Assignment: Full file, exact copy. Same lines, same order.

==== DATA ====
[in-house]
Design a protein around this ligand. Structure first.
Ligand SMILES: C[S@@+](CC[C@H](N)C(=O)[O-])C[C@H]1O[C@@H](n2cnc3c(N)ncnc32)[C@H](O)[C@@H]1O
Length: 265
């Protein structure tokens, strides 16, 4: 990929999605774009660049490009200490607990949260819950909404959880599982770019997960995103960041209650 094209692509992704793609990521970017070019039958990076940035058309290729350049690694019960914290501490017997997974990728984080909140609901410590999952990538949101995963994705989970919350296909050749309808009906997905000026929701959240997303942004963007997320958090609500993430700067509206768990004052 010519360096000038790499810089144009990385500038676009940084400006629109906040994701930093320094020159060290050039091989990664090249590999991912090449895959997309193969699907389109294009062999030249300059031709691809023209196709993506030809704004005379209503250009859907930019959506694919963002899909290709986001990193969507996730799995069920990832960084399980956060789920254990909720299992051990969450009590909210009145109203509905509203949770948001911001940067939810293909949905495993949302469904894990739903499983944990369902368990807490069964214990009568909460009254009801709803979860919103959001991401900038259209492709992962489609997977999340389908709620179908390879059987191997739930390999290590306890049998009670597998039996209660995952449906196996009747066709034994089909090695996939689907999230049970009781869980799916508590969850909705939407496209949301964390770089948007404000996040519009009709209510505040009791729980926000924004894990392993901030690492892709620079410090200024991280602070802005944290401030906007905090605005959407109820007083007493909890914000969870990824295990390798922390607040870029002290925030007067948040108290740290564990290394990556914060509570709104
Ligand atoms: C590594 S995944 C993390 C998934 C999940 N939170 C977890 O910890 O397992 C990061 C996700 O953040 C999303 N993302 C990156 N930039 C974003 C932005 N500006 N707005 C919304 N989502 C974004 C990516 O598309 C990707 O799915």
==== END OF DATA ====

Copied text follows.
[in-house]
Design a protein around this ligand. Structure first.
Ligand SMILES: C[S@@+](CC[C@H](N)C(=O)[O-])C[C@H]1O[C@@H](n2cnc3c(N)ncnc32)[C@H](O)[C@@H]1O
Length: 265
């Protein structure tokens, strides 16, 4: 990929999605774009660049490009200490607990949260819950909404959880599982770019997960995103960041209650 094209692509992704793609990521970017070019039958990076940035058309290729350049690694019960914290501490017997997974990728984080909140609901410590999952990538949101995963994705989970919350296909050749309808009906997905000026929701959240997303942004963007997320958090609500993430700067509206768990004052 010519360096000038790499810089144009990385500038676009940084400006629109906040994701930093320094020159060290050039091989990664090249590999991912090449895959997309193969699907389109294009062999030249300059031709691809023209196709993506030809704004005379209503250009859907930019959506694919963002899909290709986001990193969507996730799995069920990832960084399980956060789920254990909720299992051990969450009590909210009145109203509905509203949770948001911001940067939810293909949905495993949302469904894990739903499983944990369902368990807490069964214990009568909460009254009801709803979860919103959001991401900038259209492709992962489609997977999340389908709620179908390879059987191997739930390999290590306890049998009670597998039996209660995952449906196996009747066709034994089909090695996939689907999230049970009781869980799916508590969850909705939407496209949301964390770089948007404000996040519009009709209510505040009791729980926000924004894990392993901030690492892709620079410090200024991280602070802005944290401030906007905090605005959407109820007083007493909890914000969870990824295990390798922390607040870029002290925030007067948040108290740290564990290394990556914060509570709104
Ligand atoms: C590594 S995944 C993390 C998934 C999940 N939170 C977890 O910890 O397992 C990061 C996700 O953040 C999303 N993302 C990156 N930039 C974003 C932005 N500006 N707005 C919304 N989502 C974004 C990516 O598309 C990707 O799915």